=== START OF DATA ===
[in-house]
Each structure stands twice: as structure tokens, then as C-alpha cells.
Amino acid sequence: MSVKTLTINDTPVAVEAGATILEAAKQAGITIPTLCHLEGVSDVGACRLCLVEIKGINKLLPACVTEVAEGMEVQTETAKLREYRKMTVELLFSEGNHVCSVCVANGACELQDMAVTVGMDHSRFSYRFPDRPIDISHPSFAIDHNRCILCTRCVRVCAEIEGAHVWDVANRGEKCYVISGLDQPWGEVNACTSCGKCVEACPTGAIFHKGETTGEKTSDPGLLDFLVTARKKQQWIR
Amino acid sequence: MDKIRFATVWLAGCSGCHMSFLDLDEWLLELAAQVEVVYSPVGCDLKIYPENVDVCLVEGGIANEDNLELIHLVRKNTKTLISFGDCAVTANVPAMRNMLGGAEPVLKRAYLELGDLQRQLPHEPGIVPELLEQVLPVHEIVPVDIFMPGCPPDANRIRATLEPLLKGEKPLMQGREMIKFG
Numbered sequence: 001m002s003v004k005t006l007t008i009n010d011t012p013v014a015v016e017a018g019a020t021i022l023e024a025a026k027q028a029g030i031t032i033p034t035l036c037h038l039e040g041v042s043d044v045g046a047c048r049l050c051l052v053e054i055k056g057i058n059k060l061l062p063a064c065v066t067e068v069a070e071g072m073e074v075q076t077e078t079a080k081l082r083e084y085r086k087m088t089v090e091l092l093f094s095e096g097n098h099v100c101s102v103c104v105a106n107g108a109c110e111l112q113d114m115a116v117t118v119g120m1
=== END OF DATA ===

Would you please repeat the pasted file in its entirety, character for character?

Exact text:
[in-house]
Each structure stands twice: as structure tokens, then as C-alpha cells.
Amino acid sequence: MSVKTLTINDTPVAVEAGATILEAAKQAGITIPTLCHLEGVSDVGACRLCLVEIKGINKLLPACVTEVAEGMEVQTETAKLREYRKMTVELLFSEGNHVCSVCVANGACELQDMAVTVGMDHSRFSYRFPDRPIDISHPSFAIDHNRCILCTRCVRVCAEIEGAHVWDVANRGEKCYVISGLDQPWGEVNACTSCGKCVEACPTGAIFHKGETTGEKTSDPGLLDFLVTARKKQQWIR
Amino acid sequence: MDKIRFATVWLAGCSGCHMSFLDLDEWLLELAAQVEVVYSPVGCDLKIYPENVDVCLVEGGIANEDNLELIHLVRKNTKTLISFGDCAVTANVPAMRNMLGGAEPVLKRAYLELGDLQRQLPHEPGIVPELLEQVLPVHEIVPVDIFMPGCPPDANRIRATLEPLLKGEKPLMQGREMIKFG
Numbered sequence: 001m002s003v004k005t006l007t008i009n010d011t012p013v014a015v016e017a018g019a020t021i022l023e024a025a026k027q028a029g030i031t032i033p034t035l036c037h038l039e040g041v042s043d044v045g046a047c048r049l050c051l052v053e054i055k056g057i058n059k060l061l062p063a064c065v066t067e068v069a070e071g072m073e074v075q076t077e078t079a080k081l082r083e084y085r086k087m088t089v090e091l092l093f094s095e096g097n098h099v100c101s102v103c104v105a106n107g108a109c110e111l112q113d114m115a116v117t118v119g120m1